Seamaster 120 (oz10817)


Seamaster 120 (oz10817) by Ken Willard 1989 - plan thumbnail

About this Plan

Seamaster 120. Radio control sport seaplane model. Wingspan 85-1/2 in, area 1432 sq in, for 1.08 to ST3000 2 cycle or 120 to 160 4 cycle, with four channel radio.

Designed by Ken Willard, drawn by Richard Ackermann, approved by Tom Runge.

Quote: "The Seamaster 120 has a pylon mounted engine and a 'T' tail that stay out of spray while accelerating. A very high lift wing and double stepped hull make it very quick to get up on plane and break water. A retractable water rudder makes water handling at slow speed no probem.

The Seamaster 120 utilizes lite ply construction throughout, this plane is built to take it! Lock tab construction adds in quick warp-free construction. A two-piece wing joined with T-6 aluminium tube and a removable tail make tranportation a bit easier. All control surface hardware is included in the kit.

The Seamaster 120 will also fly off land. The landing gear hardware is offered as an option which includes all the necessary hardware to make the Seamaster a true amphibian. Once the landing gear option is sinstalled, it can be removed in a second to convert to a seaplane. If you like to have the flying stopped (and have all ayes on you and your plane) when you show up at the lake, you're ready for the Seamaster 120!"

Ace R/C kit plan.


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Seamaster 120 (oz10817) by Ken Willard 1989 - model pic


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User comments

This is more a comment than a correction on the Seamaster 120. However, if heeded, will lead to several corrections. When this plane first came on the market, I was an ACE dealer and like another dealer, in the USA, we could not wait to test it. So we each built one, being the first two on the water. Could have been much improved prior to release. Too much plywood - almost every part - meant an extremely heavy plane. My recommendation is to eliminate it in most places, including the wing ribs, minor bulkheads and especially the tail. It makes the tail end too heavy and very weak by placing the heavy horizontal stab on top of the flimsy, heavy vertical fin. Those heavy, poorly fitting brace wires don't help much. In fact, they shake and rattle so much when the engine is running that you may even generate RF interference due to the metal to metal contact. The clevises do not fit their straps properly. And the vertical fin must be strengthened to hold the stab without shaking. Also, the choice of wood for the engine pylon was weak and flexible. My first engine was a Super Tigre 2500 which proved totally inadequate for power. It was replaced by a Quadra 42. Both the other builder and myself then experienced extreme problems with flying, especially in turns. The plane would not fly properly no matter what we did. And for me, that was the case with both the Super Tigre and Quadra engines. There were continuous calls to ACE and between us to sort it out. Ultimately, the only solution to get a somewhat proper flight was to add a large dorsal fin, from about half way up the existing vertical fin to almost the trailing edge of the wing. The big issues were overall weight and improper attitude in and flight in turns. I also believe that the claim of flying this plane, as designed, on a 1.08 2 stroke or 1.20 four stroke engine is quite a stretch. It needs more power and thrust, as provided by the larger displacement and prop of the Quadra. There is no substitute for cubes.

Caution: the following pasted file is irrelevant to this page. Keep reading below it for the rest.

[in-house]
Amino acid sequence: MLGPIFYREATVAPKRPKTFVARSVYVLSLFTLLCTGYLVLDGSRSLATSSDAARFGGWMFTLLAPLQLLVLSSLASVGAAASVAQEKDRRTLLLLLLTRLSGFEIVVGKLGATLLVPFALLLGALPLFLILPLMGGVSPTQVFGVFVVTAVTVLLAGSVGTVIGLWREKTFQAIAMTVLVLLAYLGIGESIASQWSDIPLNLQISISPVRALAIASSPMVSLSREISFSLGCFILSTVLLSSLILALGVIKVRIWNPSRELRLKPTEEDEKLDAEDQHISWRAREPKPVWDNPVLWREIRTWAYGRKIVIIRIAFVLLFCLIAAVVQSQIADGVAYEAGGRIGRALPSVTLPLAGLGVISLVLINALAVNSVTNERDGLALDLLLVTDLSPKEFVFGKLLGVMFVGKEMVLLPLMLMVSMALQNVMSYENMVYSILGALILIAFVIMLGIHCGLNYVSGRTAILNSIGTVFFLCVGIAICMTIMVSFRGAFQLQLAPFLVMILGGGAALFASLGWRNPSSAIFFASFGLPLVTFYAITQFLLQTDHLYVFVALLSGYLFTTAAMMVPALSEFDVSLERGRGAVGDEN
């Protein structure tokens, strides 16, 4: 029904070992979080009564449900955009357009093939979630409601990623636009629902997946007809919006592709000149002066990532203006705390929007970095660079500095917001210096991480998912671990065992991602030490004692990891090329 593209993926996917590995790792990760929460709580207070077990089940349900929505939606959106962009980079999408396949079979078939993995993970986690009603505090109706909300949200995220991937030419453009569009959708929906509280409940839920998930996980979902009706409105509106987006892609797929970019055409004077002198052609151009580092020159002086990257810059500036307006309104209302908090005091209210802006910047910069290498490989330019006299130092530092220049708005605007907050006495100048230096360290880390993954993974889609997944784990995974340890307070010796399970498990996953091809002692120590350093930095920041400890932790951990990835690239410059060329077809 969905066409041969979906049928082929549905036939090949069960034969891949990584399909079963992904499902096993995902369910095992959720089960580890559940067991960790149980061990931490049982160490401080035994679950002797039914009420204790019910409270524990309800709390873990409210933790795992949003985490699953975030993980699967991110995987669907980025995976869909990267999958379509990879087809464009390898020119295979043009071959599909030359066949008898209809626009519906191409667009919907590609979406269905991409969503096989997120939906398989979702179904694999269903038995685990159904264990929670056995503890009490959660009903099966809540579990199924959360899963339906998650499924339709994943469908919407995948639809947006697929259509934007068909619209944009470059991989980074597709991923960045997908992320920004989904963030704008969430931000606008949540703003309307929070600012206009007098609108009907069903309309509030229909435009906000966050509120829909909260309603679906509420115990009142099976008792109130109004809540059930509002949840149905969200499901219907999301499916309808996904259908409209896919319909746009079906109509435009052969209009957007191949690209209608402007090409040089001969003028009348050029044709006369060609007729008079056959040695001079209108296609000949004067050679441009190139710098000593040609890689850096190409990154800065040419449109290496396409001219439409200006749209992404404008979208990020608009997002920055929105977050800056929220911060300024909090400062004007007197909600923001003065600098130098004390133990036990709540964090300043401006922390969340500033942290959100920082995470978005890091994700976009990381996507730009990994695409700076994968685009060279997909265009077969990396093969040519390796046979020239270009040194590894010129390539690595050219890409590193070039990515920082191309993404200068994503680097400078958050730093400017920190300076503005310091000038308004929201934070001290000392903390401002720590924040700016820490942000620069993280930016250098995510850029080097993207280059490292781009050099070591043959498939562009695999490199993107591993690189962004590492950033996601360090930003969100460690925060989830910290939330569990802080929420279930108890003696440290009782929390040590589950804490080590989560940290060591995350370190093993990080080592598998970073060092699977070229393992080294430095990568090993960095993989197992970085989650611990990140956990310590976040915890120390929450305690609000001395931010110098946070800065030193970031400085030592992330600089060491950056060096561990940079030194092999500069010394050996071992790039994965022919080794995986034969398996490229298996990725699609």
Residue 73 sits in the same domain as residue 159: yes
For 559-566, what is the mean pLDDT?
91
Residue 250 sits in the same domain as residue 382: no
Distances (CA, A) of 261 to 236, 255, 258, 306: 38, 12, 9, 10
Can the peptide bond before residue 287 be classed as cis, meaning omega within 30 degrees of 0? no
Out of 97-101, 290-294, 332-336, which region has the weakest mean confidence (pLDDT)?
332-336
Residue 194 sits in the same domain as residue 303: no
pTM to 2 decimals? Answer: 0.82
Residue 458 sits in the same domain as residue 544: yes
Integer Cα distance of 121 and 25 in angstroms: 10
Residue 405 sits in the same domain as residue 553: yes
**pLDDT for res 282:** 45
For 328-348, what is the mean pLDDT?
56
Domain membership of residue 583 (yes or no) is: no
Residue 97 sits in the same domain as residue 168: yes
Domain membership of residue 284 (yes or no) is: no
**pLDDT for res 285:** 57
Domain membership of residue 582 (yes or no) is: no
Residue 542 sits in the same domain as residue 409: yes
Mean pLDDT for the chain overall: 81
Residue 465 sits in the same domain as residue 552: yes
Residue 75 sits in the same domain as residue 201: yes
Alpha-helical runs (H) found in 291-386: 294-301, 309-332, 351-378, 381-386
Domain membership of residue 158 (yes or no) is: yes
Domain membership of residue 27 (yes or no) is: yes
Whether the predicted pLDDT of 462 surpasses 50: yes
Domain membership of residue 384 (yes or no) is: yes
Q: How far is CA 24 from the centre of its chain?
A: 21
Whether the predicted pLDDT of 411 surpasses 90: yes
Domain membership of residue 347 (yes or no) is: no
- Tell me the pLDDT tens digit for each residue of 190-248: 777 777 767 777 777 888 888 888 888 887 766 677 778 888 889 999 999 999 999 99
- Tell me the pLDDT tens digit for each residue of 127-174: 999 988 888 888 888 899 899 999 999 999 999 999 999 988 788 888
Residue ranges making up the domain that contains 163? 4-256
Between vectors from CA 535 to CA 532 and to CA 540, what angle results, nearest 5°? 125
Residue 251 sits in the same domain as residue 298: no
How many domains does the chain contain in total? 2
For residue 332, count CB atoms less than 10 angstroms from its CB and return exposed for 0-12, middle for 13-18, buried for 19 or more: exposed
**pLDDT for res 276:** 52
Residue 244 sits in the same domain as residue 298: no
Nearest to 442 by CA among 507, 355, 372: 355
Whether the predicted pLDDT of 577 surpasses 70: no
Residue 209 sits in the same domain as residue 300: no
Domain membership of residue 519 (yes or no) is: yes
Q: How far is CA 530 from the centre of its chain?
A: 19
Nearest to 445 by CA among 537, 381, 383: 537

MatthewStikeman - 21/01/2019
Just a note. The Seamaster 120 (ID 10817) presented here is a enlarged version of the Seamaster 2 (ID 5899) published in the May, 1984 issue of RCM. As the plan details are similar, the article and building instructions for the smaller (48-inch) Seamaster 2 may be useful to anyone building this larger version. Best complements,
davidterrell80 - 23/01/2019
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